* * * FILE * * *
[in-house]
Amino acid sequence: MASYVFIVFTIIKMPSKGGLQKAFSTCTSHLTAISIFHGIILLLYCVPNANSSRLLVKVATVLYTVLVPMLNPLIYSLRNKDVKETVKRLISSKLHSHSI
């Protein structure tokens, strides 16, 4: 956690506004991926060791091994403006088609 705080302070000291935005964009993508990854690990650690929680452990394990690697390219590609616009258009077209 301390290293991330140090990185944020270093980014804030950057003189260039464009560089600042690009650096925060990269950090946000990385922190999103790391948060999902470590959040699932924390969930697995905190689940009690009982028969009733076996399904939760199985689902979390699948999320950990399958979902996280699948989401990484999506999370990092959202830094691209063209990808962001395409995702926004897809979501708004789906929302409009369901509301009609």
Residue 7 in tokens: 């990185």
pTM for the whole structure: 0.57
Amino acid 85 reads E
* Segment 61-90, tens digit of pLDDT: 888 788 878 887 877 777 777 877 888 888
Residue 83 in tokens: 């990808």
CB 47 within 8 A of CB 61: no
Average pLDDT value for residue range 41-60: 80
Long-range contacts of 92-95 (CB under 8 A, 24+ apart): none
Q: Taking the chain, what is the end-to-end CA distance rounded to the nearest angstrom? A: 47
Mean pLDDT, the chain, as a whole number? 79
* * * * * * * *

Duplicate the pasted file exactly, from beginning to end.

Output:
[in-house]
Amino acid sequence: MASYVFIVFTIIKMPSKGGLQKAFSTCTSHLTAISIFHGIILLLYCVPNANSSRLLVKVATVLYTVLVPMLNPLIYSLRNKDVKETVKRLISSKLHSHSI
């Protein structure tokens, strides 16, 4: 956690506004991926060791091994403006088609 705080302070000291935005964009993508990854690990650690929680452990394990690697390219590609616009258009077209 301390290293991330140090990185944020270093980014804030950057003189260039464009560089600042690009650096925060990269950090946000990385922190999103790391948060999902470590959040699932924390969930697995905190689940009690009982028969009733076996399904939760199985689902979390699948999320950990399958979902996280699948989401990484999506999370990092959202830094691209063209990808962001395409995702926004897809979501708004789906929302409009369901509301009609």
Residue 7 in tokens: 């990185």
pTM for the whole structure: 0.57
Amino acid 85 reads E
* Segment 61-90, tens digit of pLDDT: 888 788 878 887 877 777 777 877 888 888
Residue 83 in tokens: 């990808």
CB 47 within 8 A of CB 61: no
Average pLDDT value for residue range 41-60: 80
Long-range contacts of 92-95 (CB under 8 A, 24+ apart): none
Q: Taking the chain, what is the end-to-end CA distance rounded to the nearest angstrom? A: 47
Mean pLDDT, the chain, as a whole number? 79